WASHINGTON – LAWFUEL – Law Jobs, Law News – The Department of Justice’s Office of Justice Programs (OJP) today announced awards of more than $1 million to Arizona, California, Hawaii and Montana to enforce state and local underage drinking laws. The awards are made through the Enforcing Underage Drinking Laws Discretionary Program, “Initiative to Reduce Underage Drinking,” and focuses on preventing alcohol consumption by underage military personnel.
“Law enforcement must work together with communities to stop the effects of underage drinking,” said Regina B. Schofield, Assistant Attorney General for the Office of Justice Programs. “These discretionary awards will enable the communities and military installations affected to end the tragic and unintended consequences of alcohol related deaths, injuries and property damage.”
Enforcing Underage Drinking Laws (EUDL) is the only federal initiative directed exclusively toward preventing underage drinking. The 2006 EUDL Discretionary Program
focuses on reducing the availability and consumption of alcoholic beverages by underage service personnel on four U.S. Air Force (USAF) bases. Funding will be used to support the development and implementation of comprehensive plans to change base and community policies that support high risk drinking to develop alternative social activities and to involve all affected community groups on and off the base in a collaborative effort to reduce youth access to alcohol.
The 2006 EUDL Discretionary Program is a partnership between OJP’s Office of Juvenile Justice and Delinquency Prevention, the USAF, and the National Institutes of Health’s National Institute on Alcohol Abuse and Alcoholism (NIAAA), which will independently evaluate this initiative. The states and USAF installations receiving the funding are:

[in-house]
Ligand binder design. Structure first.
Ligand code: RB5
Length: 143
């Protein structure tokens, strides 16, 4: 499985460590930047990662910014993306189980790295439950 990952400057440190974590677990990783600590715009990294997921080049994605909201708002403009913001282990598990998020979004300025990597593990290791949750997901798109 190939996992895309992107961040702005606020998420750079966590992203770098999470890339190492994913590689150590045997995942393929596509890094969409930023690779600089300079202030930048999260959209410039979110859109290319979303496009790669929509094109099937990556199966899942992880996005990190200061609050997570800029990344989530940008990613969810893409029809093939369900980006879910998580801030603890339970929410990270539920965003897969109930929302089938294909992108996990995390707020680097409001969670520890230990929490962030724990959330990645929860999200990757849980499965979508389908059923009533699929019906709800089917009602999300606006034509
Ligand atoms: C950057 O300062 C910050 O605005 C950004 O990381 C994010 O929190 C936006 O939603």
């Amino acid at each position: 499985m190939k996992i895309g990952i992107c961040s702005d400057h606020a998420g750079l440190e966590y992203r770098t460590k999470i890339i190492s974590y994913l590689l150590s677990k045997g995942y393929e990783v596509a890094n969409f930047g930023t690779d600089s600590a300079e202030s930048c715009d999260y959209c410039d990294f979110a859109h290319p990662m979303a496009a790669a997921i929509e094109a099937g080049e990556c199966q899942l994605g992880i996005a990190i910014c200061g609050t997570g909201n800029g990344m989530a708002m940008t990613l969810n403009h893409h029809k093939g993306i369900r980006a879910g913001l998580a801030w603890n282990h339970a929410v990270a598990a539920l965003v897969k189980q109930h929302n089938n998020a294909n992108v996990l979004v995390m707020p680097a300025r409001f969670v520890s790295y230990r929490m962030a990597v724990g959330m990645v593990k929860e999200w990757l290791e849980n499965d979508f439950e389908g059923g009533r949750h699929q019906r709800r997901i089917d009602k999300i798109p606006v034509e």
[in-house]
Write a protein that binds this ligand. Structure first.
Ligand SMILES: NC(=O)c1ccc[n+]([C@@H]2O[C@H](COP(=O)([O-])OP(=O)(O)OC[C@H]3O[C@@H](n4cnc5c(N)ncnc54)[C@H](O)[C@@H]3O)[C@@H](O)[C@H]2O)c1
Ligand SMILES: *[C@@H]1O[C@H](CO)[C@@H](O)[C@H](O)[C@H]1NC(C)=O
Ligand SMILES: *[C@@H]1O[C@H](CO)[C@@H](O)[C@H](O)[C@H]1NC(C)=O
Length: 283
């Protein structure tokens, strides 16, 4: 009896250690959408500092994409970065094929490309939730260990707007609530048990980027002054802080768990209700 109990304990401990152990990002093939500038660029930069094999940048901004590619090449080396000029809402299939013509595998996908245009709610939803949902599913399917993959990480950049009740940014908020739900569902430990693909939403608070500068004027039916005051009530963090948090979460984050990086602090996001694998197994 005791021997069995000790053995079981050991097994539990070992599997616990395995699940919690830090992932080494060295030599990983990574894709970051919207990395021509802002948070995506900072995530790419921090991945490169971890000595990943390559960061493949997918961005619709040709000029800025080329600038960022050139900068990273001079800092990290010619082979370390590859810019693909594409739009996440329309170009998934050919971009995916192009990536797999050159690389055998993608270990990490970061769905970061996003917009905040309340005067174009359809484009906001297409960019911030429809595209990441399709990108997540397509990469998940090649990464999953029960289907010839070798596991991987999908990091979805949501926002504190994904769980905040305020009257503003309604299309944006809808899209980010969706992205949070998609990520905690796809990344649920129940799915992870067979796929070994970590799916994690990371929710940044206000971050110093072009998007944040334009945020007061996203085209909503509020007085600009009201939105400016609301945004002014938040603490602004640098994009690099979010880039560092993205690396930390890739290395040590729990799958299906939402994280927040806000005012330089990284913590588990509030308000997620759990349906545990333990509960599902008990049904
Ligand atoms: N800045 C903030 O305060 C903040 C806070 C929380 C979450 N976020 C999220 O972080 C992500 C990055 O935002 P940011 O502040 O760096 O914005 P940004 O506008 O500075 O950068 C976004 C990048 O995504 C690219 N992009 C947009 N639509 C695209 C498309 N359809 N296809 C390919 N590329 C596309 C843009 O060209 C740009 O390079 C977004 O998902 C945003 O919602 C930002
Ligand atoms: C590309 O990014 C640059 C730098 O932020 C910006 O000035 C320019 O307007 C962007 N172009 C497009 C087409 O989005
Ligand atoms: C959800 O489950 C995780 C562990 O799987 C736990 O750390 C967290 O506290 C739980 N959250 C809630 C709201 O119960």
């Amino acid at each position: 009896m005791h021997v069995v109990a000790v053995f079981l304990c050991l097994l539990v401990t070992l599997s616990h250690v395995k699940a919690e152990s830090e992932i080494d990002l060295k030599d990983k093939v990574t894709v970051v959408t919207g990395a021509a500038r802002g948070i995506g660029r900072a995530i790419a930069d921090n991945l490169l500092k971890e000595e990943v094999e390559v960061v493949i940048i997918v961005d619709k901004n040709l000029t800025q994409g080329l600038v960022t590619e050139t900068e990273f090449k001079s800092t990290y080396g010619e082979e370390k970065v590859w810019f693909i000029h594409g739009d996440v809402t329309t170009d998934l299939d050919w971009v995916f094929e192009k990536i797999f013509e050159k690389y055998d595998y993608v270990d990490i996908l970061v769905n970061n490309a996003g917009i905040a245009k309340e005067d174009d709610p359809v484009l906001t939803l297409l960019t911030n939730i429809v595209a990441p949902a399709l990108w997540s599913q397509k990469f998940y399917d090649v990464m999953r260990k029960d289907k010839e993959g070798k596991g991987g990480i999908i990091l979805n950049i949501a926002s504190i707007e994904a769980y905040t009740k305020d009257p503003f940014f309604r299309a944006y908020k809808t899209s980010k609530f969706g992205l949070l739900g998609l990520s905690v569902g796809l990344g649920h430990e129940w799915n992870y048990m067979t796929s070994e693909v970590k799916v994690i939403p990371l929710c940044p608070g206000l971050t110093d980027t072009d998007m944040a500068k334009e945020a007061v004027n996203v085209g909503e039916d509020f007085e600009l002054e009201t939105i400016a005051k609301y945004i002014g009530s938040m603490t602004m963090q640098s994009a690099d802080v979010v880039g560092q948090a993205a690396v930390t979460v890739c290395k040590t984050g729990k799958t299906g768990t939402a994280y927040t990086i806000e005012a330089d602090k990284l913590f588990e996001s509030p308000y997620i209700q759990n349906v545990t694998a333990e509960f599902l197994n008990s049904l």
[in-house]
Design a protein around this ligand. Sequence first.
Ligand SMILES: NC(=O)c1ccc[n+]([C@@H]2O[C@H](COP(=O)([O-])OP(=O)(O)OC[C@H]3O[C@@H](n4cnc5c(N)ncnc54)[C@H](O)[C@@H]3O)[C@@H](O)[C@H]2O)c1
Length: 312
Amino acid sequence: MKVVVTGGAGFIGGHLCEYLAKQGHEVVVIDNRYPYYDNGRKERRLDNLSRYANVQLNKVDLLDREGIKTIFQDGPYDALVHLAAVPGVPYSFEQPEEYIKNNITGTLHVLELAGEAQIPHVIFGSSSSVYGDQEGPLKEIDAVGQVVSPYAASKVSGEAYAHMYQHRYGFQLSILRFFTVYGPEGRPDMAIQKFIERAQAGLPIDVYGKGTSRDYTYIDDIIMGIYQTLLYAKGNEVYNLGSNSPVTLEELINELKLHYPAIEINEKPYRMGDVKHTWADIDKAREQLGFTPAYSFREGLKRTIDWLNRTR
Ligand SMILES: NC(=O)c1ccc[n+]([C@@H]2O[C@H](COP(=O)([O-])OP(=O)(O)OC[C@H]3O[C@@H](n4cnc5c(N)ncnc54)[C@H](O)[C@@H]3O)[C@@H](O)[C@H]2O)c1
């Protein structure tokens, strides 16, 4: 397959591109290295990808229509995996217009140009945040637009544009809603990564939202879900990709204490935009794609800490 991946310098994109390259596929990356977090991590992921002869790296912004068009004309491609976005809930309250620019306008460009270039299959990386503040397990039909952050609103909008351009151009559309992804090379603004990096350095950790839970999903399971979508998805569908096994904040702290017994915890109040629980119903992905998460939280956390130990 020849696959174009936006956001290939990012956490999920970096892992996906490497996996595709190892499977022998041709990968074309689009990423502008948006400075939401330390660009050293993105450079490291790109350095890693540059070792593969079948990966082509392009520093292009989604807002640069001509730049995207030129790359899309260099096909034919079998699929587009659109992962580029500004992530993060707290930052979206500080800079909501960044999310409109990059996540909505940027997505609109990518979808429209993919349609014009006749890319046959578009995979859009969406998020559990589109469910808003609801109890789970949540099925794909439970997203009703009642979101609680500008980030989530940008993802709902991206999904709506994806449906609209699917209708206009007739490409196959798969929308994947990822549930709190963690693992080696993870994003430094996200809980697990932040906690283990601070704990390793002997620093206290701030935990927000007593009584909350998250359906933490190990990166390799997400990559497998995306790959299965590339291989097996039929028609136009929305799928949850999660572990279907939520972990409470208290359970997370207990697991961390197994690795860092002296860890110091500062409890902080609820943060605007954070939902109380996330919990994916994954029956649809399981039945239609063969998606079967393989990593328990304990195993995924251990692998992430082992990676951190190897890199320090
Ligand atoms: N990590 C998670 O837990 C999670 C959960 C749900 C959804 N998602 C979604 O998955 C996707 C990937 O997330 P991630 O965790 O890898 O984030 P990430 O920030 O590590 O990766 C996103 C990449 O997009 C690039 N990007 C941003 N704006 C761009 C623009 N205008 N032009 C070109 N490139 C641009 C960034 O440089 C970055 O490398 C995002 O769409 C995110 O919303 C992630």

Arizona–Davis-Monthan Air Force Base and Luke Air Force Base $221,884
California–Beale Air Force Base $350,000
Hawaii–Hickam Air Force Base $350,000
Montana–Malmstrom Air Force Base $350,000
The Office of Justice Programs provides federal leadership in developing the nation’s capacity to prevent and control crime, administer justice and assist victims. OJP is headed by an Assistant Attorney General and comprises five component bureaus and an office: the Bureau of Justice Assistance; the Bureau of Justice Statistics; the National Institute of Justice; the Office of Juvenile Justice and Delinquency Prevention; and the Office for Victims of Crime, as well as the Community Capacity Development Office, which incorporates the Weed and Seed strategy and OJP’s American Indian and Alaska Native Affairs Desk. More information can be found at www.ojp.usdoj.gov.